New pilot training rule seeks to make air travel safer than ever
Air travelers, their loved ones, airlines, pilots, and the men and women here at the Federal Aviation Administration have at least one thing in common: we all want air travel to be as safe as possible. And when it comes to the cockpit, we expect our pilots to have extensive training and the skills and confidence to appropriately handle any situation.
That's why, today, we're introducing a final rule on commercial air carrier pilot training. This new rule requires our pilots to have the most advanced training available to handle emergencies they may encounter. Like earlier rules on pilot fatigue and pilot qualifications, today's rule is in part a response to the tragic, February 2009 crash of Colgan Air Flight 3407.
We're focusing on pilot training for events that –although rare– can be catastrophic. Focusing on these events will provide the greatest safety benefit to the flying public.
The FAA has consistently issued strong training guidance to air carriers. But this rule represents one of the most significant updates of air carrier pilot training in the last 20 years.
With the technology now available in flight simulators today, we will be able to greatly enhance training. This includes how to prevent and recover from stalls and upsets. We also want pilots to have more experience with crosswinds and gusts. And more experience with how to handle the loss of reliable airspeed data.
This rule also allows airlines to view a pilot’s training performance over time with greater ability to track patterns of deficiencies in a pilot’s training performance. If the same type of failure occurs again, or if a similar failure occurs, the airline and the pilot will need to take additional steps to demonstrate the pilot’s capability.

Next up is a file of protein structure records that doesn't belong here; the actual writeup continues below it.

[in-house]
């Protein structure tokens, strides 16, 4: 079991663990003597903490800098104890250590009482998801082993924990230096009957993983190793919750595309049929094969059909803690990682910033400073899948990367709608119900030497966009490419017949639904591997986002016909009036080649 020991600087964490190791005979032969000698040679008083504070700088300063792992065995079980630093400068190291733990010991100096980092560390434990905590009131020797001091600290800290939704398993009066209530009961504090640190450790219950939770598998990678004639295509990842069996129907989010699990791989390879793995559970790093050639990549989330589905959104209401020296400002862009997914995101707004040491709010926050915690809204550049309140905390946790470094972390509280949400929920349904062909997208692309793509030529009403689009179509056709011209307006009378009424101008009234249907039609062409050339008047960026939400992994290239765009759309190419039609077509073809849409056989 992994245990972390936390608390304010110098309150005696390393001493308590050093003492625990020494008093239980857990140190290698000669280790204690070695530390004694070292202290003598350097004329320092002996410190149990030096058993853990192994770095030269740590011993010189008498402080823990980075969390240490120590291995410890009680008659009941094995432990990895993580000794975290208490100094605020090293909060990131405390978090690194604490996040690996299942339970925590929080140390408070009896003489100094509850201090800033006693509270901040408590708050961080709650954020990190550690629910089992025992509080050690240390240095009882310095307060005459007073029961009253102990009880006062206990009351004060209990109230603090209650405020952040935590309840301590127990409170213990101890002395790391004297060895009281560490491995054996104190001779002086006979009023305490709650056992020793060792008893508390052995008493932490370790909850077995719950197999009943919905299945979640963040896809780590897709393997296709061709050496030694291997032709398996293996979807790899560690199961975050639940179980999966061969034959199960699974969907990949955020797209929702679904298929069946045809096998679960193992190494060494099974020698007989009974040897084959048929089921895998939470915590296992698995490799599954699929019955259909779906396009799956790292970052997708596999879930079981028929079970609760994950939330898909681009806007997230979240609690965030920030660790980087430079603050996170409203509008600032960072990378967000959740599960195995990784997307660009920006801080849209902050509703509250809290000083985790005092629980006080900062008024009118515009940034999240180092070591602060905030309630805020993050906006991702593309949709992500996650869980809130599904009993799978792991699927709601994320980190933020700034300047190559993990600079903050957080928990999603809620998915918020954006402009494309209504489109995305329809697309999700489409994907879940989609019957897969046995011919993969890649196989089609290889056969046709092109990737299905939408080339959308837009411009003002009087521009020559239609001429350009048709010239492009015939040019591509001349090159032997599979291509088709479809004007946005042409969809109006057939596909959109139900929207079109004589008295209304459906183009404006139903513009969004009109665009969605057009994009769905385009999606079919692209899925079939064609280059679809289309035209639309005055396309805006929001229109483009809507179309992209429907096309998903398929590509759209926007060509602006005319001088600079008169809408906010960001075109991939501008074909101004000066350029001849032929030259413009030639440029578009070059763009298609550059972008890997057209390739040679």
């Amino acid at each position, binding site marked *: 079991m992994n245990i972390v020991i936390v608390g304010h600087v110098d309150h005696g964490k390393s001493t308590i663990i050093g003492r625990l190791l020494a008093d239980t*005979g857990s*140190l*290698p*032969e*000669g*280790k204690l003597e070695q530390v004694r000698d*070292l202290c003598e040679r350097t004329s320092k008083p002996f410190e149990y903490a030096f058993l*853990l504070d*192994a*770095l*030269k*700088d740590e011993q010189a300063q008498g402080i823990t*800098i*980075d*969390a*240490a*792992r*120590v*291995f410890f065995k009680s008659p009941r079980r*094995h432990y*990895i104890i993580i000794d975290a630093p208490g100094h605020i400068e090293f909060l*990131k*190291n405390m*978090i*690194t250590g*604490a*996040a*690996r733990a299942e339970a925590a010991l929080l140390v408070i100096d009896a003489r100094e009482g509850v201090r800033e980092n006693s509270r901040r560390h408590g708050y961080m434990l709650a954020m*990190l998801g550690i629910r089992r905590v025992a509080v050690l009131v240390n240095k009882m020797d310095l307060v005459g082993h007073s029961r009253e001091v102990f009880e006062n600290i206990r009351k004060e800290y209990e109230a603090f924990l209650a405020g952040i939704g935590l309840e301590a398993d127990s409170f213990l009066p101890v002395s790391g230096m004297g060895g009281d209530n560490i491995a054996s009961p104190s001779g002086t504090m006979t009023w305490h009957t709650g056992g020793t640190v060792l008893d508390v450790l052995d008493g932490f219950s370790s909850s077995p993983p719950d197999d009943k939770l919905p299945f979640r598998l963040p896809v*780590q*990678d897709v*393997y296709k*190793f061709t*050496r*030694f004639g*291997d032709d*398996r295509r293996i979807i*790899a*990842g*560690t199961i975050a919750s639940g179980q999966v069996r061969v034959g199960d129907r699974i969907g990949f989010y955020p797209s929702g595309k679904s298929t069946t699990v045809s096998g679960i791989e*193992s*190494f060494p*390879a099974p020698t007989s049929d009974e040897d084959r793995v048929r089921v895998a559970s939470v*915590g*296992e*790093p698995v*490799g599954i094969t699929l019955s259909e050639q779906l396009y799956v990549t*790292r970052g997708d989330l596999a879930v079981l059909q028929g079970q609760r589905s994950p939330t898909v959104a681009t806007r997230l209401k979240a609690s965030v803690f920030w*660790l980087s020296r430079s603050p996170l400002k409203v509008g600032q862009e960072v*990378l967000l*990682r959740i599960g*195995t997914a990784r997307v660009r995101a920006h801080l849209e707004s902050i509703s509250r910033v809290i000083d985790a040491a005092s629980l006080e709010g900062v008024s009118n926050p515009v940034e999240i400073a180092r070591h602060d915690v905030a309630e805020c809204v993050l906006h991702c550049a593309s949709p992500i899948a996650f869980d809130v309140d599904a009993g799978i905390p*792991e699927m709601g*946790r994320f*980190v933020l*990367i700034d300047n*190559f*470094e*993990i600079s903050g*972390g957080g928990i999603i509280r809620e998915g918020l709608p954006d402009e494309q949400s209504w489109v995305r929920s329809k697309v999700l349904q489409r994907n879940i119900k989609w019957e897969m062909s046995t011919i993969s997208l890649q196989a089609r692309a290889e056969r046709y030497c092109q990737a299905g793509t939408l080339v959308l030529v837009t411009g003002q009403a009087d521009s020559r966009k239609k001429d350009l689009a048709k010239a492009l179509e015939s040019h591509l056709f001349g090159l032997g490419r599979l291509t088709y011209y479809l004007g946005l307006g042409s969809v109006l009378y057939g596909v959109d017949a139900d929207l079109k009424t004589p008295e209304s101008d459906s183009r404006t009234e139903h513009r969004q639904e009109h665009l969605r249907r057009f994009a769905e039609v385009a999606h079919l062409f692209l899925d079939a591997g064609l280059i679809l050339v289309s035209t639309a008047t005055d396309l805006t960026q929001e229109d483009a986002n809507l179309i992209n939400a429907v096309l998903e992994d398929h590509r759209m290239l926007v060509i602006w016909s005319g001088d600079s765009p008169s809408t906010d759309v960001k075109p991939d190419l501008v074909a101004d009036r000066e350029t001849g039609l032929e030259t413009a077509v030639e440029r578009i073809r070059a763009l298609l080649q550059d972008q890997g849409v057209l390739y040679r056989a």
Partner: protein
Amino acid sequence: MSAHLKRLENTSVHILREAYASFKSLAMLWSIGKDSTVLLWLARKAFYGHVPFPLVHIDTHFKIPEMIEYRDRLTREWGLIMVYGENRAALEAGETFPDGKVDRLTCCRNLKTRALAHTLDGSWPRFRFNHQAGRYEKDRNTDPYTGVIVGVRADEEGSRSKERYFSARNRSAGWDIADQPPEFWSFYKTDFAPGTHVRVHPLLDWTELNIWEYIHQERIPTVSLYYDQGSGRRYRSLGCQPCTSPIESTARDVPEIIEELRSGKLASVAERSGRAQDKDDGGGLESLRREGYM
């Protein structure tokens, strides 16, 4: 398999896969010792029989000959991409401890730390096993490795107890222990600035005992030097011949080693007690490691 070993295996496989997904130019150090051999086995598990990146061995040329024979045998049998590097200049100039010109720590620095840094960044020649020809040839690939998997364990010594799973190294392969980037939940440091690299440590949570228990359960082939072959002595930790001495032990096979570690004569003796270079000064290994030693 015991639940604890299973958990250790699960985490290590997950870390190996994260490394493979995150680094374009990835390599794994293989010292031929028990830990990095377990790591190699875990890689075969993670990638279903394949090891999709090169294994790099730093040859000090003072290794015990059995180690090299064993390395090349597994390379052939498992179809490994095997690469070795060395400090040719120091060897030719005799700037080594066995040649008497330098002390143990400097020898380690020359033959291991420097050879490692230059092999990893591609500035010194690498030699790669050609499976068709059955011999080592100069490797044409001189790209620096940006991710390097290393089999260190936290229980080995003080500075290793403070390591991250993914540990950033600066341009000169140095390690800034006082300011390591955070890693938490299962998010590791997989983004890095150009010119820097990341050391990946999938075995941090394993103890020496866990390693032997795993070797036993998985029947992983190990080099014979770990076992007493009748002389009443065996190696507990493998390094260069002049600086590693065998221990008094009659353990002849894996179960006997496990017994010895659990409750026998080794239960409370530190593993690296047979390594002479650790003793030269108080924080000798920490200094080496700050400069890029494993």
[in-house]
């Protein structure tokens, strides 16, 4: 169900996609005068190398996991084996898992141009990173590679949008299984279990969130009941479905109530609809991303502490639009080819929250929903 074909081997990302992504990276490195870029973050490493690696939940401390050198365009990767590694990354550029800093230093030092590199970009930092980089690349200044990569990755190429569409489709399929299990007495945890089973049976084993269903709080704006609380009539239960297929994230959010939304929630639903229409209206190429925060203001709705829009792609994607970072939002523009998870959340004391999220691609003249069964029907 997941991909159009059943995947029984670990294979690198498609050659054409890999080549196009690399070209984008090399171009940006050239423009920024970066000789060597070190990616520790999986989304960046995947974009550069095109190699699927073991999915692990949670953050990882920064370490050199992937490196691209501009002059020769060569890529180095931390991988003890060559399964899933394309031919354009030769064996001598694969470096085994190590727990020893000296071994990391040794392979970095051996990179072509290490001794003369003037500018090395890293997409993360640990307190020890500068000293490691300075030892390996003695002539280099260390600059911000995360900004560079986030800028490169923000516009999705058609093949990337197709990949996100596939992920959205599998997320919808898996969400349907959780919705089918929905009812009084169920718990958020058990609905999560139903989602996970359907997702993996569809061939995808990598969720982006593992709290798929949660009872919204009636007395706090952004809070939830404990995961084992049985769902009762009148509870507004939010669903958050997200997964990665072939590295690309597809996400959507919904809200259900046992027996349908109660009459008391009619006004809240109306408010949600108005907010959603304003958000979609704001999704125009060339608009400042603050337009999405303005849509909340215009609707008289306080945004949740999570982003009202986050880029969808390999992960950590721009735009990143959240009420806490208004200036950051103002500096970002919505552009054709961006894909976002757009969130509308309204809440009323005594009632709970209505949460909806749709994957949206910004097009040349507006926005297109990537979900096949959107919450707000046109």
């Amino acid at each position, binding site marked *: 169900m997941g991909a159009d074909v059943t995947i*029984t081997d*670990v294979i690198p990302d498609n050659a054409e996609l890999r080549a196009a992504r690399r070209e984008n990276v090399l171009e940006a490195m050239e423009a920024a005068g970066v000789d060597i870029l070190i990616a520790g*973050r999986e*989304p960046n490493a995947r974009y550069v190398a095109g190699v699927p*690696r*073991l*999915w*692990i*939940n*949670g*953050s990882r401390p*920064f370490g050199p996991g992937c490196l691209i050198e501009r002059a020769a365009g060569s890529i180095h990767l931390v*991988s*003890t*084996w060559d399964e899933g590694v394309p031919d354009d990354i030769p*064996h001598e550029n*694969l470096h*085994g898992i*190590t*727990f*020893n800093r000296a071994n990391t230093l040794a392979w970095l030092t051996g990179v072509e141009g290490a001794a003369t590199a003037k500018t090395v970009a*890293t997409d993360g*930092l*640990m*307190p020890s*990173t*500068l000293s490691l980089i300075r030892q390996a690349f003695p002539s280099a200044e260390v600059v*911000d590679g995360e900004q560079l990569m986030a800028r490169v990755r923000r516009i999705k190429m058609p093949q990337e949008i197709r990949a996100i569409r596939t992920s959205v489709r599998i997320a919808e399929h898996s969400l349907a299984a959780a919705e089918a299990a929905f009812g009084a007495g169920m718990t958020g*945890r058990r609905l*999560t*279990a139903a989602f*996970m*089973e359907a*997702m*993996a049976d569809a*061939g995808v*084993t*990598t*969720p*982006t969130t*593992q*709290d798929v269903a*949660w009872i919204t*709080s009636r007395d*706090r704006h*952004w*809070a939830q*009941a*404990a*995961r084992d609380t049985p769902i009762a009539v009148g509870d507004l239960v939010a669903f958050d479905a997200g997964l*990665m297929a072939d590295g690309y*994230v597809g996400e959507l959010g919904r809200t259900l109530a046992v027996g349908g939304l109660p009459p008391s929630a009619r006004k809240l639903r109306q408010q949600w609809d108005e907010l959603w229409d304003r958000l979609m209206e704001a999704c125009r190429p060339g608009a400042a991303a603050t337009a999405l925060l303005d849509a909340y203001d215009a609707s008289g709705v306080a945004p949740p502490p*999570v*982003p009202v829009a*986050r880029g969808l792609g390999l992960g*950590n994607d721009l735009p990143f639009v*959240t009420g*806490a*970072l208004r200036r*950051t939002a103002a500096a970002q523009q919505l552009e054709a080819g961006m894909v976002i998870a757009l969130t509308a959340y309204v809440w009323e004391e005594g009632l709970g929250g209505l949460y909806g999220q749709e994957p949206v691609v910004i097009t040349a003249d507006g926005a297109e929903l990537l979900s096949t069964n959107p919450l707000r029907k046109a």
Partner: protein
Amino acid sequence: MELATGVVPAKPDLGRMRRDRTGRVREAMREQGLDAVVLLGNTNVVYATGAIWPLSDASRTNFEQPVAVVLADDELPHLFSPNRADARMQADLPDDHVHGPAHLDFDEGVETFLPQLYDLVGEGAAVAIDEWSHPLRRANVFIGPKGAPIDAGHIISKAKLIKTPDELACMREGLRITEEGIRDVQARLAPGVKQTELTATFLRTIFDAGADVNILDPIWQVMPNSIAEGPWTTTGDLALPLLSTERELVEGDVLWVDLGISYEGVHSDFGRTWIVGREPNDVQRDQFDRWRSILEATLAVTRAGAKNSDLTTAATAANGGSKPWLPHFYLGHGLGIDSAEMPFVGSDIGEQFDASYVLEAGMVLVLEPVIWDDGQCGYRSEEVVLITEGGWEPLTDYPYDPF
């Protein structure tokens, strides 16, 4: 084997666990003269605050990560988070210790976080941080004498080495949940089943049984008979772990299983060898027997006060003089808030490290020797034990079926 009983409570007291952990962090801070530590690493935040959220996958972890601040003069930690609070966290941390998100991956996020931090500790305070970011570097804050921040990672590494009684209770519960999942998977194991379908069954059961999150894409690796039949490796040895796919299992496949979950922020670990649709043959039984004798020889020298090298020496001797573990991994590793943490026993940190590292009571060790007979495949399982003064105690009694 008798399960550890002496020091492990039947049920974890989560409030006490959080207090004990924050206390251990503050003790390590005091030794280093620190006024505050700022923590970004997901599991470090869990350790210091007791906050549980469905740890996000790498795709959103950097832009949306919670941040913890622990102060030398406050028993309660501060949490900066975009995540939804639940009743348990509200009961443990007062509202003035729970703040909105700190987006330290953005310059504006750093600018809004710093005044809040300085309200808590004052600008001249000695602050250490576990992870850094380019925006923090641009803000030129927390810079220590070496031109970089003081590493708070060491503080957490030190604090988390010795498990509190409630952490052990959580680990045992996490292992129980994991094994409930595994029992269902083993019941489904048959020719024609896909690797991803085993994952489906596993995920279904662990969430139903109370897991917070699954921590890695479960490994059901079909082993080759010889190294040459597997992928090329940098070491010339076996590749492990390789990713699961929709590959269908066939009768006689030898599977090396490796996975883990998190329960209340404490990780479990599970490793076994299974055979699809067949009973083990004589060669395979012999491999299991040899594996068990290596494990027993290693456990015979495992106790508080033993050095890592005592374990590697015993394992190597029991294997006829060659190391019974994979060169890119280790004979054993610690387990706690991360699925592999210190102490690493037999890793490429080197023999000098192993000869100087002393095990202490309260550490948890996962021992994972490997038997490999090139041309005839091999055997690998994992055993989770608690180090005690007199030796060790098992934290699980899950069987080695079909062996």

And, airlines will have the data to evaluate whether a training program is effective.
We always expect that the pilot who is not flying the aircraft will monitor the pilot who is flying the plane, during all phases of flight. He or she must act as a second set of eyes and ears to assure situational awareness and to intervene when necessary. This rule requires airlines to train pilots on how to effectively monitor the pilot who is flying.
And finally, the rule requires training to enhance runway safety precautions. It will reinforce that pilots need to confirm the assigned runway as part of their pre-departure briefing. They will also need to confirm that the correct runway is loaded into the aircraft’s flight management system.
We made a promise to the families of Colgan Flight 3407 that we would do everything we could to strengthen safety. The Colgan families have been a great help not only with this rule, but with the earlier rules to reduce pilot fatigue and improve pilot qualifications. They have advocated effectively for safety improvements that will benefit millions of other families. And we thank them for that.
Michael Huerta is Administrator of the Federal Aviation Administration.